176
Fitzgerald, F. Scott
Estimate
100,000150,000
LOT SOLD. 112,500 USD (Hammer Price with Buyer's Premium)
JUMP TO LOT
176
Fitzgerald, F. Scott
Estimate
100,000150,000
LOT SOLD. 112,500 USD (Hammer Price with Buyer's Premium)
JUMP TO LOT

Details & Cataloguing

Fine Books and Manuscripts, Including Americana

|
New York

Fitzgerald, F. Scott
The Great Gatsby. New York: Scribner's,1925

8vo (7 1/2 x 5 1/4 ins;  190x 130 mm). Publisher's green linen-like cloth with gilt spine title; gilt faded, edges rubbed. Pictorial dust-jacket designed by Cugat with the  "J"  corrected by hand as usual supplied from another but appropriate copy; large chip from lower left of front panel, folds rubbed, chipping to ends of spine panel, rear panel with some small chips along edges, some old tape reinforcements along folds. Custom cloth slipcase and chemise with gilt morocco label.

 


Read Condition Report Read Condition Report

Provenance

Jonathan Goodwin (sale, Sotheby Parke Bernet, 24 March, 1977, lot 111)

Literature

Brucolli A11.1.a; Connolly 48

Catalogue Note

First edition, first printing and a truly evocative association: Malcolm Cowley's copy transcribing  fitzgerald's many corrections and notes from the author's personal copy.

With  Malcolm Cowley's old ownership signature to front endpaper in fountain pen, underneath in later ink Cowley has written,   "Fitzgerald's corrections |  transcribed by me 5/14/52/ His copy is inscribed on title page: | "F. Scott Fitzgerald (His copy and not to be lent) May 1925."  Also laid in is  an auograph note signed by Cowley, dated July 1964, attesting that "This copy of Gatsby I used in preparing a new text (with FSF's revision) for Three Novels by F. Scott Fitzgerald. Scribner's, about 1951. Fitzgerald's copy, from which I took the changes, is in the Princeton University Library."

Critc, editor, author, original member and later chronicler of the "Lost Generation"  Cowley became one of the most influential  figures of American letters, championing generations of authors from Hart  Crane and Faulkner (working to returning his works to print),  to John Cheever, Jack Keroauc and through to Ken Kesey. His Viking Portable edition of  Hemingway is often seen as the most representative complilation of that author's work.

Cowley also had a particular affinity for Fitzgerald's place in the American literary pantheon.  His review of Tender is the Night might well provide one of the best summaries of the author's approach, informed not only by a deep familiarity with the work, but  his own encounters with Fitzgerald: "Part of him is a guest at the ball given by the people in the big house; part of him is the little boy peeping in through the window and being thrilled by the music and the beautifully dressed women — a romantic but hard-headed little boy who stops every once in a while to wonder how much it all cost and where the money came from" (FSF: The Critical Reaction, p. 324).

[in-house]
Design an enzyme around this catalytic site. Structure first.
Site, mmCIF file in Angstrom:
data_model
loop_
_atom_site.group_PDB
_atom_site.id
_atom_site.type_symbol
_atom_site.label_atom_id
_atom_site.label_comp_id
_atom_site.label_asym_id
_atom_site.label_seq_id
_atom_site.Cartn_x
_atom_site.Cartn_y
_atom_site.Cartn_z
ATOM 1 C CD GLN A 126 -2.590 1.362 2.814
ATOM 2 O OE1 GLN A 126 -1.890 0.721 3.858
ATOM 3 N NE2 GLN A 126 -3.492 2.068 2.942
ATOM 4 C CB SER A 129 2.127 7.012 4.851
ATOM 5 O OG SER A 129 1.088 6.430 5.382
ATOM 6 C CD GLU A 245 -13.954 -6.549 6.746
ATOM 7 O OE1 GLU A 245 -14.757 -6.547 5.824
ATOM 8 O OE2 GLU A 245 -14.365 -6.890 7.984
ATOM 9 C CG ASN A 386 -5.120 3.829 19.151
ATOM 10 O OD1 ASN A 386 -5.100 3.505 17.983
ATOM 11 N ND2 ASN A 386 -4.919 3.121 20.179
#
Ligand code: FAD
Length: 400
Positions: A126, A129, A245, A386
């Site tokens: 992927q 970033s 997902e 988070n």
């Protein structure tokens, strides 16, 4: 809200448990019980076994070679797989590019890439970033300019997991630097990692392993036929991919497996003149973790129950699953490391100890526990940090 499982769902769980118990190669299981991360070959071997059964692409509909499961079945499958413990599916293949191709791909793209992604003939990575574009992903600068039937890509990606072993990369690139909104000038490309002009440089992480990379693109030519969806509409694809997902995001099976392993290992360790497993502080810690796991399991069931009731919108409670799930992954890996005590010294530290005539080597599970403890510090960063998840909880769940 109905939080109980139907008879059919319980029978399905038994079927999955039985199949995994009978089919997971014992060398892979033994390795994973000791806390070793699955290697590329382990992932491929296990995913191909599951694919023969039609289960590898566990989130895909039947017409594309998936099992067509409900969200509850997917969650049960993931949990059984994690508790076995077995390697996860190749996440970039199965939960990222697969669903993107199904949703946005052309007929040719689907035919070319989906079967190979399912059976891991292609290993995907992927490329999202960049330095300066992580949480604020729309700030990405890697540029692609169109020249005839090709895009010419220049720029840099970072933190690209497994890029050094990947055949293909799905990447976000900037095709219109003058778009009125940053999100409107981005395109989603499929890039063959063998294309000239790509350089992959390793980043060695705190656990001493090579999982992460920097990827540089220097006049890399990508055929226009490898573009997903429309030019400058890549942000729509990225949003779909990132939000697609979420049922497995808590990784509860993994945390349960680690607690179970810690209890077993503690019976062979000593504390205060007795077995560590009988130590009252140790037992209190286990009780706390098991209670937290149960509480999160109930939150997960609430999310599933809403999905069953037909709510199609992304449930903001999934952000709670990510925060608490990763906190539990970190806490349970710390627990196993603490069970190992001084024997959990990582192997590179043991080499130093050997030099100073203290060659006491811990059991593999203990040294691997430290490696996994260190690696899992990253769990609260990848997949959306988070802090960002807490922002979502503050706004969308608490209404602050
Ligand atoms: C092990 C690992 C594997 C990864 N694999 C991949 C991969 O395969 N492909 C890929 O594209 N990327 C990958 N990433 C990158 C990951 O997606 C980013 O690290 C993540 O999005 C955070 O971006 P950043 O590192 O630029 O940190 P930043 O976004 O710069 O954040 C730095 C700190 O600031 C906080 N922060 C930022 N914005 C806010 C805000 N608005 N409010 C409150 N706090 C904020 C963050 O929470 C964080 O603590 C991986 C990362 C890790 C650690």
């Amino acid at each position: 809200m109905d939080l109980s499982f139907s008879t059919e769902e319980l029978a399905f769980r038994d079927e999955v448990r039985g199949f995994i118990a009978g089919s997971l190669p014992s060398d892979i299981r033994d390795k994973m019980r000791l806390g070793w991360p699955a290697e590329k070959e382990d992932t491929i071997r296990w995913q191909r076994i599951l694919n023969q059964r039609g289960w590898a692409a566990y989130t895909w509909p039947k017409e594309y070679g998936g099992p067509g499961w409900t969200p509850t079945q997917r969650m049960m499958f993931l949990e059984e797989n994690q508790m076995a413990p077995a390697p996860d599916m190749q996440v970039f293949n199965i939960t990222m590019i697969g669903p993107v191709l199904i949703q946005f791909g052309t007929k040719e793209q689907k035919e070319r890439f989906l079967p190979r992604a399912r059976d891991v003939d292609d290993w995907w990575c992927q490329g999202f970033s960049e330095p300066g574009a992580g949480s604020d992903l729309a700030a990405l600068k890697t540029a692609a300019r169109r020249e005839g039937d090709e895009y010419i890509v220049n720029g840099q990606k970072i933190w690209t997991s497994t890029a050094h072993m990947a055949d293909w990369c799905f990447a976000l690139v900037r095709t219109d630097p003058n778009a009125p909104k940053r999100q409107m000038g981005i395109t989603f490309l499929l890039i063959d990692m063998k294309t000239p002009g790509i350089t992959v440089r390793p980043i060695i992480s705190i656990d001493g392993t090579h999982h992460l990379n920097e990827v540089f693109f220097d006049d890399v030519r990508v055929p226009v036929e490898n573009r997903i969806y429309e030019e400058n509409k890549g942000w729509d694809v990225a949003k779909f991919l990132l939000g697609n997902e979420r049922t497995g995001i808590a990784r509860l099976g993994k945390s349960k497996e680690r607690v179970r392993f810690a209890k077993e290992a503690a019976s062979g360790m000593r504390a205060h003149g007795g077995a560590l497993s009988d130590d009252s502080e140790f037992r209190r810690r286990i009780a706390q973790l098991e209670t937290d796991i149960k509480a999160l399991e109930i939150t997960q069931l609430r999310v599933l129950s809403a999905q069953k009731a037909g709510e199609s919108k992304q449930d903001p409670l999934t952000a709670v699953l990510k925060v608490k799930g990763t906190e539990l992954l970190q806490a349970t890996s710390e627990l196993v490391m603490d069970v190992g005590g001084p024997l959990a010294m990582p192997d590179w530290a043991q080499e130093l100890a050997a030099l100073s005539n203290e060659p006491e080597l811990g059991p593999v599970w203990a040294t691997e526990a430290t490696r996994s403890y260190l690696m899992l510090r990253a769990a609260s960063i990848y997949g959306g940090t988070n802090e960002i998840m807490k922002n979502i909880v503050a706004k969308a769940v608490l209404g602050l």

Cowley added immensely to  the critical reassessment of Fitzgerald begun in the 1940's as initiated by Edmund Wilson after the author's death. Cowley edited the "author's final version" of Tender ... and chose the stories for a new edition of the short fiction that demonstrated Fitzgerald's mastery of the form. The corrections and changes in Fitzgerald's copy of Gatsby copied herein were incorporated by Cowley into the text published in Three Novels by F Scott Fitzgerald in 1951 (which included Tender... and The Last Tycoon along with Gatsby).

The present copy has over 100 corrections, notes and asides on 75 pages, beginning with the dedication, under which Cowley has added"Gertrude Stein" under the printed "Once again to Zelda" with the added note, "He wanted to add GS's name to dedication M.C."

Association copies of Gatsby are a notorius rarity, and the present is made even more noteworthy by the direct relevance to the author's work and lasting resurgence.

Fine Books and Manuscripts, Including Americana

|
New York